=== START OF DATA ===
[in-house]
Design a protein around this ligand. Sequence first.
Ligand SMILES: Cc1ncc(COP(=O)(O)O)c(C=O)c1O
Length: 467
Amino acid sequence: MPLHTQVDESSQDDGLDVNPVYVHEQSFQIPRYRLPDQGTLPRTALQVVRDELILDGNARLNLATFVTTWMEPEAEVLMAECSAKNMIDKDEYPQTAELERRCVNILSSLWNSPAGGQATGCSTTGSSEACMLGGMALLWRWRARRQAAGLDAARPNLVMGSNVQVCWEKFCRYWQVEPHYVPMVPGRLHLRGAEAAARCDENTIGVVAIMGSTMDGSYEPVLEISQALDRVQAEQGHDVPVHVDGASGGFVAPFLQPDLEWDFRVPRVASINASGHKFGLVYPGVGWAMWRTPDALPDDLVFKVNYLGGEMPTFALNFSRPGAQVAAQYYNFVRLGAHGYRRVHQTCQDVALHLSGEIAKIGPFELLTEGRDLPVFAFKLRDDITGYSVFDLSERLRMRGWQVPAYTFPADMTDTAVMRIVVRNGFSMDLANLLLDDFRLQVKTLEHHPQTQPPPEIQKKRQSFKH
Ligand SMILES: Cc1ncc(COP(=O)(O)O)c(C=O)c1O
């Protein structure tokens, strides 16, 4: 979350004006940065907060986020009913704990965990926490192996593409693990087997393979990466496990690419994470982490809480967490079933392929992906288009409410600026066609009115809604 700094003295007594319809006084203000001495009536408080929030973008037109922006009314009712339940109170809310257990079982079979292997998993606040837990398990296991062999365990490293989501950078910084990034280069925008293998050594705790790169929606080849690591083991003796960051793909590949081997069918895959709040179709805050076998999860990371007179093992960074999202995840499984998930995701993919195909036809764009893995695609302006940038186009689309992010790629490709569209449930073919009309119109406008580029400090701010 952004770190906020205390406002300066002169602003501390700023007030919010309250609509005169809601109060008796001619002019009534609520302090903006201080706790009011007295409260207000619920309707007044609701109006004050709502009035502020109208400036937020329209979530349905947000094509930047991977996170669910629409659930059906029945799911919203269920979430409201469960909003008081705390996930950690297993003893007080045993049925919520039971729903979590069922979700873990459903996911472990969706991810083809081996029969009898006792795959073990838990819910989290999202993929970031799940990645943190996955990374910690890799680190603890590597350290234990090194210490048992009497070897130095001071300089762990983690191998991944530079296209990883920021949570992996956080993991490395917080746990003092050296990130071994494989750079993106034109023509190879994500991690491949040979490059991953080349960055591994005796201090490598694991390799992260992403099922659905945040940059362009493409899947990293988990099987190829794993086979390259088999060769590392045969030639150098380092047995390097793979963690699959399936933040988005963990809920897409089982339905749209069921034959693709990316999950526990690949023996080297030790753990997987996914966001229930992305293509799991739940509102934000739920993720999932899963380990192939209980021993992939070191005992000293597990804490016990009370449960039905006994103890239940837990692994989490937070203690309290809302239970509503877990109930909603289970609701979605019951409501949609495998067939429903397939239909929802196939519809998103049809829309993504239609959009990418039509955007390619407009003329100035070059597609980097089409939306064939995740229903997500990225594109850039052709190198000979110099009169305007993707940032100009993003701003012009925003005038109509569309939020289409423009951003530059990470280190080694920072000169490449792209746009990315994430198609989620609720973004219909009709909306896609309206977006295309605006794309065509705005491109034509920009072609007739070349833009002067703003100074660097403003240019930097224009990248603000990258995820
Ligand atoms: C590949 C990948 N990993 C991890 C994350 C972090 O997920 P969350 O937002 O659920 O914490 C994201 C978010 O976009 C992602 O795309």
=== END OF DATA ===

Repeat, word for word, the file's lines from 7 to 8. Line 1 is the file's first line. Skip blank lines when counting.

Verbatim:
């Protein structure tokens, strides 16, 4: 979350004006940065907060986020009913704990965990926490192996593409693990087997393979990466496990690419994470982490809480967490079933392929992906288009409410600026066609009115809604 700094003295007594319809006084203000001495009536408080929030973008037109922006009314009712339940109170809310257990079982079979292997998993606040837990398990296991062999365990490293989501950078910084990034280069925008293998050594705790790169929606080849690591083991003796960051793909590949081997069918895959709040179709805050076998999860990371007179093992960074999202995840499984998930995701993919195909036809764009893995695609302006940038186009689309992010790629490709569209449930073919009309119109406008580029400090701010 952004770190906020205390406002300066002169602003501390700023007030919010309250609509005169809601109060008796001619002019009534609520302090903006201080706790009011007295409260207000619920309707007044609701109006004050709502009035502020109208400036937020329209979530349905947000094509930047991977996170669910629409659930059906029945799911919203269920979430409201469960909003008081705390996930950690297993003893007080045993049925919520039971729903979590069922979700873990459903996911472990969706991810083809081996029969009898006792795959073990838990819910989290999202993929970031799940990645943190996955990374910690890799680190603890590597350290234990090194210490048992009497070897130095001071300089762990983690191998991944530079296209990883920021949570992996956080993991490395917080746990003092050296990130071994494989750079993106034109023509190879994500991690491949040979490059991953080349960055591994005796201090490598694991390799992260992403099922659905945040940059362009493409899947990293988990099987190829794993086979390259088999060769590392045969030639150098380092047995390097793979963690699959399936933040988005963990809920897409089982339905749209069921034959693709990316999950526990690949023996080297030790753990997987996914966001229930992305293509799991739940509102934000739920993720999932899963380990192939209980021993992939070191005992000293597990804490016990009370449960039905006994103890239940837990692994989490937070203690309290809302239970509503877990109930909603289970609701979605019951409501949609495998067939429903397939239909929802196939519809998103049809829309993504239609959009990418039509955007390619407009003329100035070059597609980097089409939306064939995740229903997500990225594109850039052709190198000979110099009169305007993707940032100009993003701003012009925003005038109509569309939020289409423009951003530059990470280190080694920072000169490449792209746009990315994430198609989620609720973004219909009709909306896609309206977006295309605006794309065509705005491109034509920009072609007739070349833009002067703003100074660097403003240019930097224009990248603000990258995820
Ligand atoms: C590949 C990948 N990993 C991890 C994350 C972090 O997920 P969350 O937002 O659920 O914490 C994201 C978010 O976009 C992602 O795309």